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JOBLESSNESS OP-ED

‘Job guarantee’ is the missing piece of Africa’s youth unemployment puzzle 

‘Job guarantee’ is the missing piece of Africa’s youth unemployment puzzle 
Job guarantees are an investment not only in Africa’s youth, but in the future they will inherit. (Image: iStock)

Solving Africa’s youth unemployment problem cannot be left to markets alone. It is time for a radical rethink. 

Holding claim to the world’s most youthful population – around 60% below 25 – Africa faces a major challenge: securing decent and fairly paid work for its rapidly growing young workforce.  

This is no mean feat. The Covid-19 pandemic resulted in working hour losses equivalent to 13.5 million full-time jobs on the continent – pushing more than 4.9 million workers and their families into extreme poverty. While some countries fare better than others, Africa as a whole still lags behind other parts of the world in its employment recovery from the crisis. 

At the same time, much of the work that does exist is in the informal economy – 83% of all African employment, according to the International Labour Organisation – characterised by low wages and miserable working conditions that keep workers, and their families, trapped in poverty, driving many young people to leave the continent in search of better futures elsewhere. 

Getting young Africans into work is clearly a policy priority for governments across the continent, yet the tendency has been to rely on economic growth to do so. While many economies on the continent are indeed growing, the pace of growth has been unable to address the scale of need and has often been jobless growth

Solving Africa’s youth unemployment puzzle cannot be left to markets alone. It is time for a radical rethink.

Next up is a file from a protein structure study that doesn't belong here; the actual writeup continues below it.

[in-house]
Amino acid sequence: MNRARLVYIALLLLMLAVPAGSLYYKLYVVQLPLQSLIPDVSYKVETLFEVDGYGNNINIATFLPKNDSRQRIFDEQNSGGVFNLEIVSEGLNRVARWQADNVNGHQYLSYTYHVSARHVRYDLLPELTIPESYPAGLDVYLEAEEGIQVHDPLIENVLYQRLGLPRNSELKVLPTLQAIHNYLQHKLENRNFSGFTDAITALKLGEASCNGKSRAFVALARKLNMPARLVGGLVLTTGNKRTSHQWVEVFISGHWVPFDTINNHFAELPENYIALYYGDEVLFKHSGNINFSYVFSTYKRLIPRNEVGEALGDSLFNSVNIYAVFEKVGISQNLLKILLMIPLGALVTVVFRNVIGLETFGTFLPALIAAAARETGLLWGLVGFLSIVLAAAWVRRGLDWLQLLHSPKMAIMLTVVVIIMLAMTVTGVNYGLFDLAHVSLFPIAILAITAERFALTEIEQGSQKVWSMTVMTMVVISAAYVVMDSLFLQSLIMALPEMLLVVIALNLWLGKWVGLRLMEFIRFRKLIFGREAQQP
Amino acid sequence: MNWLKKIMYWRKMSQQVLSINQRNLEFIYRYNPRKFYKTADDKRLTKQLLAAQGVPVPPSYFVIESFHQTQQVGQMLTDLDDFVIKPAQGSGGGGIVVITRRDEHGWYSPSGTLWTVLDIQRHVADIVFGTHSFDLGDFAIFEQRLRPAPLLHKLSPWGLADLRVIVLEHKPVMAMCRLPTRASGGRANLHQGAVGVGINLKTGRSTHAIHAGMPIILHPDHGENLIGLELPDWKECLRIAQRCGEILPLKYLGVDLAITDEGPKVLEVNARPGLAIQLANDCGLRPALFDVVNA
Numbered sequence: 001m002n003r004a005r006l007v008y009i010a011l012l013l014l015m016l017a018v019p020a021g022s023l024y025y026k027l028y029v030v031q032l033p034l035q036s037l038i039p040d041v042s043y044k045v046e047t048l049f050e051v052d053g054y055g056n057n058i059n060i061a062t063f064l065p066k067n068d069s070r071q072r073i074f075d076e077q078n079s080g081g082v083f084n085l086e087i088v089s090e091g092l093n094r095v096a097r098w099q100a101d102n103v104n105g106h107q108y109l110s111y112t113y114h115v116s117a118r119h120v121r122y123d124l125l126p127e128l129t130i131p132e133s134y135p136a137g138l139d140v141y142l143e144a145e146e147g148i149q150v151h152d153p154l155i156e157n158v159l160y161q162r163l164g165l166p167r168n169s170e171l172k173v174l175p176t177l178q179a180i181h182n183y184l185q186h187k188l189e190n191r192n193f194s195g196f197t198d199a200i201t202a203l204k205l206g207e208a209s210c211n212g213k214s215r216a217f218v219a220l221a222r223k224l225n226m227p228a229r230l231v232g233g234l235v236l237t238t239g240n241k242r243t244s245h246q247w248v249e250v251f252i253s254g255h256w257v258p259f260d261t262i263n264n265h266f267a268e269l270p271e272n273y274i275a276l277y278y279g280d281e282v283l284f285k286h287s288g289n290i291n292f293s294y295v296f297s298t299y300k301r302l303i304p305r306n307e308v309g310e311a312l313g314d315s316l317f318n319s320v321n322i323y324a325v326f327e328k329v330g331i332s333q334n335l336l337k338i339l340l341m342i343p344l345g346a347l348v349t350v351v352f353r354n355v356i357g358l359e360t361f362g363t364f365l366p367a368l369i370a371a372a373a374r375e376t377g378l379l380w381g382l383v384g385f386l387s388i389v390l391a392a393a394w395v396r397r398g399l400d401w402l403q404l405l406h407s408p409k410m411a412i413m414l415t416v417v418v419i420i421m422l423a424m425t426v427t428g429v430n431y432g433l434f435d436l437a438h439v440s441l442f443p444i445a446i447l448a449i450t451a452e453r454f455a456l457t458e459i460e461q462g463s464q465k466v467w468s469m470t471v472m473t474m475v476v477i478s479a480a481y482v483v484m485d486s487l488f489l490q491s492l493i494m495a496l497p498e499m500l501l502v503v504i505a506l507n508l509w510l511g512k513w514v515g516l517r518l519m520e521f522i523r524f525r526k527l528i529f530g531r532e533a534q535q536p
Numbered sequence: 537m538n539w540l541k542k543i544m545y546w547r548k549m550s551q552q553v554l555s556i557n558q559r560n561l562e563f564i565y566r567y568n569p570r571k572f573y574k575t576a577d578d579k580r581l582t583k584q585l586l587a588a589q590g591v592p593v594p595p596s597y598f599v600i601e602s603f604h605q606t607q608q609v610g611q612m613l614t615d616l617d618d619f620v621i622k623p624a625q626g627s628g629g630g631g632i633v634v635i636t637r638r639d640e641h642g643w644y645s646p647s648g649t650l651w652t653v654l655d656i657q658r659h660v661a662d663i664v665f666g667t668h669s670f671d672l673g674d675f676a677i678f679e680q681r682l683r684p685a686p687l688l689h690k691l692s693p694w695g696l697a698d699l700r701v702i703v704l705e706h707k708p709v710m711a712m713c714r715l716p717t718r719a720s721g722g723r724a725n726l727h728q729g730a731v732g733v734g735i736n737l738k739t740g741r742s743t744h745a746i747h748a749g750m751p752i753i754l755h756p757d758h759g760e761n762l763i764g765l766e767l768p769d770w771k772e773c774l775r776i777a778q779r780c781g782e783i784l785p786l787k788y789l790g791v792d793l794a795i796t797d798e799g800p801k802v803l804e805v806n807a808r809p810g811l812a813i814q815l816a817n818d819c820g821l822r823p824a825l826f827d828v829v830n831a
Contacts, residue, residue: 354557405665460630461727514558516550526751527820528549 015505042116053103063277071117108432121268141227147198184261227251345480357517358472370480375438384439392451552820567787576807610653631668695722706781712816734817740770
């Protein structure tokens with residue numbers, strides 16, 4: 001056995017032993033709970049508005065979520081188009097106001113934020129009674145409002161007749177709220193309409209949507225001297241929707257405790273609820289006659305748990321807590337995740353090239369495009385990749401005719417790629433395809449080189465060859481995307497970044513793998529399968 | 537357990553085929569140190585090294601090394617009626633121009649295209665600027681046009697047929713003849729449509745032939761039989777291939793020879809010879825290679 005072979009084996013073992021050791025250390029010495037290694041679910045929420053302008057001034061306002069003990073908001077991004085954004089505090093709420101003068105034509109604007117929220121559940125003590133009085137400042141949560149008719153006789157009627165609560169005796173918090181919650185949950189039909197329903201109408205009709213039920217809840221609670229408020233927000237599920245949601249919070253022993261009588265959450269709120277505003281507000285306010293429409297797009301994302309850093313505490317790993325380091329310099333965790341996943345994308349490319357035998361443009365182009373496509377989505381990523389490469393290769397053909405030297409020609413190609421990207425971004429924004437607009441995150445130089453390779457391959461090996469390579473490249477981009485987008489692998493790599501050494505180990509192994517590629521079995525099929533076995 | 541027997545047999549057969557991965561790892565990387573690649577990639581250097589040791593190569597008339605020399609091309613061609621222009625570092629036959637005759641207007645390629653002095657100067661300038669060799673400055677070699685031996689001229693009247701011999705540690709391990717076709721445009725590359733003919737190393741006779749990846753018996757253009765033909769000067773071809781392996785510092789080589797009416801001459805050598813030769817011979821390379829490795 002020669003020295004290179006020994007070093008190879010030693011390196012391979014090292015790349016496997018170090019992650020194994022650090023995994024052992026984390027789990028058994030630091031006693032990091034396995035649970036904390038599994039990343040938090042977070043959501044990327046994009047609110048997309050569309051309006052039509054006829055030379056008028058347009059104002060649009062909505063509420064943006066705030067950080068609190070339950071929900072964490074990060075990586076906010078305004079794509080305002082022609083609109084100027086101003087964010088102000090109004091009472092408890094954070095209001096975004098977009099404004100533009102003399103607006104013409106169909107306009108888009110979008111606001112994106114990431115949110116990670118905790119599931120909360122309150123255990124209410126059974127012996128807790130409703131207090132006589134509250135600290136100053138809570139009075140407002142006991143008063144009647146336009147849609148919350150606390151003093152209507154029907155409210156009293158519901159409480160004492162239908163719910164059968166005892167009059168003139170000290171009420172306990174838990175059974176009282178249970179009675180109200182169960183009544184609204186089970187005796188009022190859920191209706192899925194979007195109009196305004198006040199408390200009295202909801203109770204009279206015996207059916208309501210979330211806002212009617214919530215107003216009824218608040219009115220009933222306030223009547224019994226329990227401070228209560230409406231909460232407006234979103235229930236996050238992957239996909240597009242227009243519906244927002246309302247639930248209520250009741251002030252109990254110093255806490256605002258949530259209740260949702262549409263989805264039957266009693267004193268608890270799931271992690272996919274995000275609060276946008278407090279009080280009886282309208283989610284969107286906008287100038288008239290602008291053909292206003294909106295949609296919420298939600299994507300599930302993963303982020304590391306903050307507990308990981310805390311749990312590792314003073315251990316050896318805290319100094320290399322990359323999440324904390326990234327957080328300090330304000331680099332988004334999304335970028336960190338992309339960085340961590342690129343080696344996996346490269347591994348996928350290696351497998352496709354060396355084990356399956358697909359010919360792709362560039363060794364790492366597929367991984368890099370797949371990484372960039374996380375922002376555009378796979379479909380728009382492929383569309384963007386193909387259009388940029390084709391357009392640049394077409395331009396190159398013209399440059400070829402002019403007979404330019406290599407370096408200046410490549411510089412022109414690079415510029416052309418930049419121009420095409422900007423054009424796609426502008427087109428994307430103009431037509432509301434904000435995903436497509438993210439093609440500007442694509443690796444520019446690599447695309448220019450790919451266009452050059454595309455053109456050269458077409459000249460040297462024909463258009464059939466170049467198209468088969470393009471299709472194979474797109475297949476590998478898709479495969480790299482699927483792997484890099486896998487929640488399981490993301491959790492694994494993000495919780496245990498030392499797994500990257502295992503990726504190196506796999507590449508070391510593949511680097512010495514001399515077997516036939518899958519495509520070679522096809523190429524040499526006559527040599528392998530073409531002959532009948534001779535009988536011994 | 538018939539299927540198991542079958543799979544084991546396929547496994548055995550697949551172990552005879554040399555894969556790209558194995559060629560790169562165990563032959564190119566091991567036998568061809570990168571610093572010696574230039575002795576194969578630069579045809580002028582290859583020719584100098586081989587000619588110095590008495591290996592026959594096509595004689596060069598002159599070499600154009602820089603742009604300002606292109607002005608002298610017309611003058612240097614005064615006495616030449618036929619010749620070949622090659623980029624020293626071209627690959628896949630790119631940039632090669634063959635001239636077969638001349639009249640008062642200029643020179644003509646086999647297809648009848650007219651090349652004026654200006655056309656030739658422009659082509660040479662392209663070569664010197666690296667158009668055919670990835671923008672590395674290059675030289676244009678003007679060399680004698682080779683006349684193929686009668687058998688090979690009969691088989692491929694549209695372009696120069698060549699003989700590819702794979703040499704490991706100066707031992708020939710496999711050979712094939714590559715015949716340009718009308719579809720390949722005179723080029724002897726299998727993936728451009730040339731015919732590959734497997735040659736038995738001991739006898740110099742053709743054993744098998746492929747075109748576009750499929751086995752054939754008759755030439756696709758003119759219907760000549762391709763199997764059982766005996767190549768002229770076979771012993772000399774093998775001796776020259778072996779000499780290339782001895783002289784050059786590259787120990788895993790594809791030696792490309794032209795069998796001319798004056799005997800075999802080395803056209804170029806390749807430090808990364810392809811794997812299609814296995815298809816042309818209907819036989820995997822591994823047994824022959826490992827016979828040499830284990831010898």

Time for a job guarantee 

A new UN report on employment guarantees by the UN Special Rapporteur on extreme poverty and human rights urges the world’s governments to guarantee a decent, socially useful job at a living wage to anyone willing and able to work. This is the idea of a job guarantee.  

Taking this approach could effectively eradicate unemployment, reshaping labour markets in profound ways that remove desperation from the equation. Who would opt to accept poor pay and precarious conditions if the right to a decent alternative existed? 

In South Africa, the opportunity to scale up decent public employment came about in response to the Covid-19 pandemic. The Presidential Employment Stimulus was launched in October 2020 to buffer the employment impacts of the pandemic and has since supported nearly 1 million jobs in the country, mostly for youth and women. 

Its largest programme – the biggest youth employment programme in South Africa’s history – currently places around 250,000 young people a year as school assistants in more than 23,000 schools. These young people support teachers in the classroom, undertake administration, IT, maintenance and after-school activities. 

Jobs have also been created in early childhood development, informal settlement upgrading, food security initiatives, climate change projects and more – with the social and economic benefits felt across entire communities.

It can’t be left to markets alone 

Of course, there are costs associated with implementing a job guarantee. But this investment should be assessed against the huge costs of unemployment. Youth unemployment has corrosive impacts that extend far beyond not having an income: the physical and mental health harm, the stigma that comes with not having a job, the impact of unemployment on social cohesion and wellbeing. The list goes on. 

If private sector markets alone cannot create the jobs young people deserve, then it is in the interests of societies – and their economies – to find other ways to do so. The job guarantee is the missing piece to this puzzle. 

Job guarantees allow policy makers to take matters into their own hands, by providing jobs that not only offer economic security, but also help tackle the many challenges facing communities and society at large.

They are an investment not only in Africa’s youth, but in the future they will inherit. DM 

Olivier de Schutter is the UN Special Rapporteur on extreme poverty and human rights. Kate Philip is the Programme Lead on South Africa’s Presidential Employment Stimulus.

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